Bank of Canada cuts back on bond-buying program; gives growth forecast a boost
The Bank of Canada (BoC) sees a brighter road ahead for the Canadian economy in the coming months. Citing significantly higher projections for growth, the bank moved forward its timing for an interest rate hike to 2022 from 2023. It has also scaled back on its government bond buying program, moving to a target of $3 billion per week from $4 billion as of Monday.
Rate hike moved forward
The Bank held its target for the overnight rate at 0.25%. It has also dramatically improved its outlook for the Canadian economy, forecasting 6.5% growth in 2021, up from 4% in January and moderating at around 3.75% in 2022 and 3.15% in 2023. It now projects a rate hike in the second half of 2022 as opposed to its earlier projection of 2023.
It's interesting to note that the BoC is the first of the G7 central banks to start tapering its asset purchase program and to move timing for an interest rate hike forward. Along with the upgrade in growth expectations, these decisions surely indicate the strength of the recovery being better than anticipated.
The case for growth
The BoC sees a major rebound in consumer consumption coming in the wake of the vaccine rollout and the subsequent reopening of the Canadian economy. It's also projecting global GDP growth of just over 6.75% in 2021, 4% in 2022 and nearly 3.5% in 2021.
South of the border, the Bank is eyeing a strong U.S. recovery fueled by fiscal stimulus and a rapid vaccination rollout. Rising commodity prices - including oil - have also given the Canadian dollar a lift.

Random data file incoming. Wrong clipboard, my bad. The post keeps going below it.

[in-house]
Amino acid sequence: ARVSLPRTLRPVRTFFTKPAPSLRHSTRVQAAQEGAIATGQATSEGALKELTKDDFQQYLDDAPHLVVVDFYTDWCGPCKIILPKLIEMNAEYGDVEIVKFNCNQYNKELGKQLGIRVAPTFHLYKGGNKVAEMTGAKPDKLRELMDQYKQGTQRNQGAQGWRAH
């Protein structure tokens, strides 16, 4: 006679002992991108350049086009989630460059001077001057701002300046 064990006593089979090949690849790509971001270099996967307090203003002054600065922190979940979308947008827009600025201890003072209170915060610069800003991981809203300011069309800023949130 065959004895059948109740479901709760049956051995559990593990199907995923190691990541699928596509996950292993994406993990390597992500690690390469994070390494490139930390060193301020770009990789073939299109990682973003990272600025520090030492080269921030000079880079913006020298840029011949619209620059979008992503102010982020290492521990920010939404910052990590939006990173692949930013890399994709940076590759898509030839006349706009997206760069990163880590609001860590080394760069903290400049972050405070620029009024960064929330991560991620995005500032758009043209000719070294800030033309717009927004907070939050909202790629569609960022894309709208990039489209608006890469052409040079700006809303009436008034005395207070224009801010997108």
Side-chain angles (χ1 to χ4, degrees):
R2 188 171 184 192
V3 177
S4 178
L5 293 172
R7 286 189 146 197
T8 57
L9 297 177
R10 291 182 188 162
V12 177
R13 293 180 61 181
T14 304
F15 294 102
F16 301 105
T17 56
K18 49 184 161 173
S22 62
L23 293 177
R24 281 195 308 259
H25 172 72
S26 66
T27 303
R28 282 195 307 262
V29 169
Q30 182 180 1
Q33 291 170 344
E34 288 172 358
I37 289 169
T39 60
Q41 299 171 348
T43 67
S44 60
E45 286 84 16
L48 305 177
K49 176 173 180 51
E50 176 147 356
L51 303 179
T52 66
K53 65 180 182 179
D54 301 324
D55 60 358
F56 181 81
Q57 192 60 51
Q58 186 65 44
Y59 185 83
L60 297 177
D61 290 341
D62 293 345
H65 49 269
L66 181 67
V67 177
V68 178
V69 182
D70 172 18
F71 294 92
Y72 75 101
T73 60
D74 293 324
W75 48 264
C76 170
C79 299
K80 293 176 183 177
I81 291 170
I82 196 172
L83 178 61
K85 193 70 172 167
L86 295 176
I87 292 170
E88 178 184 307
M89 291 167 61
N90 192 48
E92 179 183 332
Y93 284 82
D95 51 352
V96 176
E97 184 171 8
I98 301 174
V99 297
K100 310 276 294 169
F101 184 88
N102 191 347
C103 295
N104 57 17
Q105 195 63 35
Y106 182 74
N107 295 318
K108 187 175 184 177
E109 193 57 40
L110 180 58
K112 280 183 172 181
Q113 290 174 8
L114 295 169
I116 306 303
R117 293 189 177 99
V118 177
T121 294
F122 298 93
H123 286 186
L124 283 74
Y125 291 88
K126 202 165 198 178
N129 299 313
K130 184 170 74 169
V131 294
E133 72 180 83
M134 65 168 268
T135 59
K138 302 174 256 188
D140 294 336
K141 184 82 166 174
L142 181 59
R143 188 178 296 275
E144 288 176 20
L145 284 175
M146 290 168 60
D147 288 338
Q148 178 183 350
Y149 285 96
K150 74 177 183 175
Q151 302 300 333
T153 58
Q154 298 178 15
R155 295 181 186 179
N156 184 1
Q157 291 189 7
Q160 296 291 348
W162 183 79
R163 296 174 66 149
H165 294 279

Much, however, depends on the pandemic and the pace of vaccinations here in Canada as more contagious virus variants introduce “a new dimension of uncertainty." The impact of the pandemic and its associated lockdowns has been felt unevenly across sectors and Canadian workers. Indeed, the latest lockdowns are yet another setback particularly for low wage workers, young people and women. As a result, the Bank is now looking at a spectrum of indicators to help measure the health of the labour market.
The hot housing market is also flashing a warning light – the BoC is now monitoring risks associated with the sudden spike in house prices.
Despite the uncertainty, the Bank says Canadian businesses and households have shown themselves to be resilient throughout the pandemic as evidenced by strong employment and growth numbers in the first quarter of the year.
Despite the reduction, quantitative easing remains firmly in place as the bank waits for inflation to sustainably hit its 2% target, likely in the second half of 2022. In the meantime, the Bank forecasts a temporary spike in inflation (to the upper bound of the 1-to-3% range) over the next few months mainly due to the sharp drop in some goods and services at the start of the pandemic, including falling gas prices since December. The BoC remains committed to its quantitative easing program and to keeping interest rates low across the yield curve.
Positioned for growth
We've positioned our portfolios for equities to continue their recent outperformance relative to fixed income. The BoC's acknowledgement that both the domestic and global economies are now expected to grow at a faster pace than previously anticipated support this position.
We have positioned our fixed income exposure for a modest increase to bond yields and, with the Bank reducing its asset purchase program and signaling 2022 for higher interest rates, we are appropriately positioned to preserve capital.
If you have any questions or require more information, please contact your MD Advisor*.
* MD Advisor refers to an MD Management Limited Financial Consultant or Investment Advisor (in Quebec).
The above information should not be construed as offering specific financial, investment, foreign or domestic taxation, legal, accounting or similar professional advice nor is it intended to replace the advice of independent tax, accounting or legal professionals.